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Sunday, April 14, 2024

University committee seeks approval for historical plaque to acknowledge former UW president Van Hise’s promotion of eugenics

During “What’s in a Name? Van Hise & the History of Eugenics at UW-Madison,” the Committee on Disability Access & Inclusion shared with students and community members they are seeking approval for a proposed plaque.


The University of Wisconsin-Madison’s Shared Governance Committee on Disability Access & Inclusion (CDAI) hosted a talk on Thursday, announcing the committee’s plan to propose a plaque be installed in the Van Hise Hall lobby. This plaque would stand to inform the public and recognize the university’s past president Charles Van Hise's support of eugenics, according to CDAI. 

Built in 1965, Van Hise Hall was named to honor the first UW-Madison graduate to serve as the university's president. Apart from his many contributions to UW, such as establishing the Wisconsin Idea, the CDAI believes his ideas on eugenics need to be acknowledged, according to Kacie Lucchini Butcher, director of the university’s Public History Project.

Amy Van Aarsten, a graduate student and member of the CDAI, read, “History reminds us that we must remain vigilant against the deceptive, intimidating and exclusionary practices of eugenics,” one of the last lines on the intended plaque. 

“Our goal is to acknowledge, confront and engage with the complicated legacy of Charles Van Hise,” added Lisa Forrest, chair of the CDAI and professor in the School of Veterinary Medicine. 

Van Aarsten said that the committee has notified campus leadership of their intentions to get approval for the plaque later this spring. 

For  the approval process the plaque needs endorsement by University leadership, including Facilities, Planning, and Management, the Chancellor, and the Board of Regents, according to Forrest.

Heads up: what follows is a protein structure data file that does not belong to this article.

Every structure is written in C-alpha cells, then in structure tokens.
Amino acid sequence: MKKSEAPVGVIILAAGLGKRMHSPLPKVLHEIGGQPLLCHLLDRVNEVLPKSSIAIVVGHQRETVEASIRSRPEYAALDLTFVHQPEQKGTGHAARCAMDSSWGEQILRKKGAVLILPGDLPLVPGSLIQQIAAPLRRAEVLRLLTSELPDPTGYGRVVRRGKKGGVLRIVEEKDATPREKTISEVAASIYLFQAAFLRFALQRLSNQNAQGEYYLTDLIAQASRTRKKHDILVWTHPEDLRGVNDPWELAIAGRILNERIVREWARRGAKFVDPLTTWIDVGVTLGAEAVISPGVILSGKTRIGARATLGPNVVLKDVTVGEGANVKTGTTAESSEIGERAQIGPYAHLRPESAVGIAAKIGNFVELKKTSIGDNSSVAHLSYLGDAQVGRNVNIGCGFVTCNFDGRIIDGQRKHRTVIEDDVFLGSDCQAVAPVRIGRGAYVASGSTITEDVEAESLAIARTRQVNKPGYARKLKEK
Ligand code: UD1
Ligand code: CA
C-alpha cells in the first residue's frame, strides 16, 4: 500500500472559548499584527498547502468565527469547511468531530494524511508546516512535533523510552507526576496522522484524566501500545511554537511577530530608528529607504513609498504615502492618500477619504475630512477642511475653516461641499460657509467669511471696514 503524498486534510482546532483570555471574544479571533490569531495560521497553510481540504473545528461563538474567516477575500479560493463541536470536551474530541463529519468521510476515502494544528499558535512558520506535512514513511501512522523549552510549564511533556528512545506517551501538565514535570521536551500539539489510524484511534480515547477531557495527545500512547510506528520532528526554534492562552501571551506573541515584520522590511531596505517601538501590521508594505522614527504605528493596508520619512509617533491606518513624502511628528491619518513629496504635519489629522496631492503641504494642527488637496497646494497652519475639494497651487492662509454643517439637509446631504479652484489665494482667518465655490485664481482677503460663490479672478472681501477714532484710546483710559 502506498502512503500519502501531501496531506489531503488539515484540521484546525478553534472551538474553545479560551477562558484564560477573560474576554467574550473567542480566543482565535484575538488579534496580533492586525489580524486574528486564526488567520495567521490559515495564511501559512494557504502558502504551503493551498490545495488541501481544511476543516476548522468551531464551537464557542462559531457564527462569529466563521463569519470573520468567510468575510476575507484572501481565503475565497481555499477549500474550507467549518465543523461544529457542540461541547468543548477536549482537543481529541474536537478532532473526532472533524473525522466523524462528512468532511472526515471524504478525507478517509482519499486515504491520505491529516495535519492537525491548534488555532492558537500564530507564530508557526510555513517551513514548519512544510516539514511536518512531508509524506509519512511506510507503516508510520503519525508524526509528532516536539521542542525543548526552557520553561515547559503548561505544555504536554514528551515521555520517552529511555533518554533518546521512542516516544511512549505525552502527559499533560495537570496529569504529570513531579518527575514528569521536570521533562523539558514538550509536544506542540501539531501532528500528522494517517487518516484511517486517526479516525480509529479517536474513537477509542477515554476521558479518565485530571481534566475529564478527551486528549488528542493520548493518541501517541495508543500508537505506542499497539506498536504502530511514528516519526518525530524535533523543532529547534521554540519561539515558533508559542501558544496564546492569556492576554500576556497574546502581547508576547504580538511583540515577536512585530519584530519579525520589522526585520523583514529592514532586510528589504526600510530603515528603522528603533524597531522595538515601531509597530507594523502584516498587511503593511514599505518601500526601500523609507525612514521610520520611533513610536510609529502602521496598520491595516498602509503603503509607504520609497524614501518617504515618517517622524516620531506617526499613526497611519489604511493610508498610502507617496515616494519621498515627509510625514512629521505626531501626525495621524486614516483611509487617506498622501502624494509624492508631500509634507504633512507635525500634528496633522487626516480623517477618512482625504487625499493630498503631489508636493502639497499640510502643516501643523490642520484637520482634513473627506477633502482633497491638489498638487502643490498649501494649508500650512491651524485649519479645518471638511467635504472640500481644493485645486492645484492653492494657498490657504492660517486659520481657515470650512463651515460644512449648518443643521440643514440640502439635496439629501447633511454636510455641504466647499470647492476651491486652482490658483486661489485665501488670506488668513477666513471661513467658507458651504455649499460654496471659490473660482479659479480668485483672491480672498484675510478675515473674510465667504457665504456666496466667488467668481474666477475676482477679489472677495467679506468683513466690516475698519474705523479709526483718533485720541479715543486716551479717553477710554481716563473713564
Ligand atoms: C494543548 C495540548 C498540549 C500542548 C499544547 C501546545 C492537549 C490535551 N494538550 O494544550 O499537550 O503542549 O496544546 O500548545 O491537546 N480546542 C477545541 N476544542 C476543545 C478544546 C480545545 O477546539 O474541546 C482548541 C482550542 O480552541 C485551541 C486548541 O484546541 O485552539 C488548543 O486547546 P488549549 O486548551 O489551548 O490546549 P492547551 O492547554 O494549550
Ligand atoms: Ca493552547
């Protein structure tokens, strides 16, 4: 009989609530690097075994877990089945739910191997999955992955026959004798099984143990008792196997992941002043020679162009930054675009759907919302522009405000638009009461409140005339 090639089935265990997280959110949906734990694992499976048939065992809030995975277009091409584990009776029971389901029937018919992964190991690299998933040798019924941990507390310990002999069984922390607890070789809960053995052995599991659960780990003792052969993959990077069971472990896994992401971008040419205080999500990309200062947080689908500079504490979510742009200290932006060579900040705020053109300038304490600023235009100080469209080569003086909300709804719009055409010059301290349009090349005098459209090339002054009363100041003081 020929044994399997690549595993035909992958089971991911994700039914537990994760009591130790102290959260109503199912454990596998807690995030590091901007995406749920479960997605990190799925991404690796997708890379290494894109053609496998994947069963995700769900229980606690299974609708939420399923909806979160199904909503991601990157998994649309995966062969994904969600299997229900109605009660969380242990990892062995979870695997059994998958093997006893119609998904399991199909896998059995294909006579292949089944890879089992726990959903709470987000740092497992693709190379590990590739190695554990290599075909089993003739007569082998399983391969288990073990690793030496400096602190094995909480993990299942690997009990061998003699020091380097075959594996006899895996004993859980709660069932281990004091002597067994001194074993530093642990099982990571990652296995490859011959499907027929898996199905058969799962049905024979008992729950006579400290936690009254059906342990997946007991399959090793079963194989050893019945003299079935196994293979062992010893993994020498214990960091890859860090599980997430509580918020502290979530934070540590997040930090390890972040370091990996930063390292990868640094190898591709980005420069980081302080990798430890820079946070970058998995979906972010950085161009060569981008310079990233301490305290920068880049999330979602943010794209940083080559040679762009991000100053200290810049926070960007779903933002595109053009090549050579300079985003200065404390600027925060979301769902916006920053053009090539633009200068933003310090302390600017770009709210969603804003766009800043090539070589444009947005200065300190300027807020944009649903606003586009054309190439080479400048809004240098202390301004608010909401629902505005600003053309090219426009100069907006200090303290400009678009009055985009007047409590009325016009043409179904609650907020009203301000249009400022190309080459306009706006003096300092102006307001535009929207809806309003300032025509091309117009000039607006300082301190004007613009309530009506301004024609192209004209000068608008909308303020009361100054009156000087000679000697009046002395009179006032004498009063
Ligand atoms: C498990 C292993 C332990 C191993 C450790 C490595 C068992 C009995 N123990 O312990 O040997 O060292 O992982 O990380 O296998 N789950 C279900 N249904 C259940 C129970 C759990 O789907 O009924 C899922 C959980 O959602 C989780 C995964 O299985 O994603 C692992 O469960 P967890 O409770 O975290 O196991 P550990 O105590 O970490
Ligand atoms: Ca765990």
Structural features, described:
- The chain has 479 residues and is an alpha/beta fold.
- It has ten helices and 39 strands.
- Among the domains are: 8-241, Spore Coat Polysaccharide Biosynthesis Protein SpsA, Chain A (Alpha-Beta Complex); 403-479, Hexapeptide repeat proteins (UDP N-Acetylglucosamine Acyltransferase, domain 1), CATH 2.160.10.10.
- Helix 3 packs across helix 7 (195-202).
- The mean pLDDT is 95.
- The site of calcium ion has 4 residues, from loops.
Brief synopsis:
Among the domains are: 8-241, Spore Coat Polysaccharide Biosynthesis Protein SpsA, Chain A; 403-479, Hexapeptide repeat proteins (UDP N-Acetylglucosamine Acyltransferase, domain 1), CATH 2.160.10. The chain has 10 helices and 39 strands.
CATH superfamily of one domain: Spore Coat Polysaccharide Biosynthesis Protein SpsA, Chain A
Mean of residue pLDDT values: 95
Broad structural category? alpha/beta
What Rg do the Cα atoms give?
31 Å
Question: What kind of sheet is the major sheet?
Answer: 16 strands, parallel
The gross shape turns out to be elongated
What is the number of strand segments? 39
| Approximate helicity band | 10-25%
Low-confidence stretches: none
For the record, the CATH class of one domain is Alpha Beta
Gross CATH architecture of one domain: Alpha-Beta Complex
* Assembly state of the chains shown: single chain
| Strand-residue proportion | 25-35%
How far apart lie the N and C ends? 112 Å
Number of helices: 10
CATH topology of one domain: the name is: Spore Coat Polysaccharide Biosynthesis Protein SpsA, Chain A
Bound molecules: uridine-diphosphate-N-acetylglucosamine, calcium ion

“The eugenics movement is one that’s on humanity and disabled people, Black and poor people — we must tell and retell,” said Rebeca Hoyt, disability rights and services specialist for the City of Madison and the Department of Civil Rights.

Nicole Nelson, an associate professor in the Department of Medical History & Bioethics, discussed the history of eugenics at UW-Madison. 

“It was really animal breeding that ended up being the center of, or the beginning of this study," Nelson said. "In 1910, the university’s genetics department was originally established as the ‘Department of Experimental Breeding.'’’  

“In my research, I have had to come into contact with information about the fact that the history of Down Syndrome in the United States intersects with the legacy of eugenics- shaped the culture we’re operating on,” said Tiffany Glass, friend of the CDAI committee and a research scientist. 

Butcher shared Van Hise once said, “Eugenics is the best means of conserving human resources,” in his speech “Conservation of Human Resources” that explained his stance on the issue.  “It was clear he was reading and engaging individuals as sub-human and didn't recognize their humanity,” she said.  

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Van Hise interacted with other notable names in academia who supported the initiatives of eugenics, Butcher said. His interactions with others involved pushing ideas of Darwinism, and these ideas were what motivated him to explore eugenics as noted in letters with his wife, according to Butcher.

However, during the 1960s, not many people were consulted when the building was initially named, Van Aarsten noted. 

“One cannot overlook his promotion of eugenics, and with that, exclusion,” added Forrest.

Van Aarsten said the process of proposing the plaque is in its final stages, as the CDAI is editing the plaque’s language and size and seeking final approval from university administration and the Board of Regents. 

“Thankfully, UW has a policy regarding plaque proposals,” Aarsten said. “At this point, we are working to finalize the language on the plaque before we put the proposal through.”

“Essentially, a department or an organization on campus needs to be a financial responsibility party for the plaque,” Van Aarsten explained on receiving funding for the plaque. 

“We see this as really like a first step in terms of trying to draw awareness to the issue, educate the community and really kind of involve others in the effort too in terms of what the next steps are,” Van Aarsten said. 

The CDAI encouraged students and locals to share feedback to 

 Editor's note: This article was updated and changed at 10:45a.m. on Tuesday, Mar. 7.  

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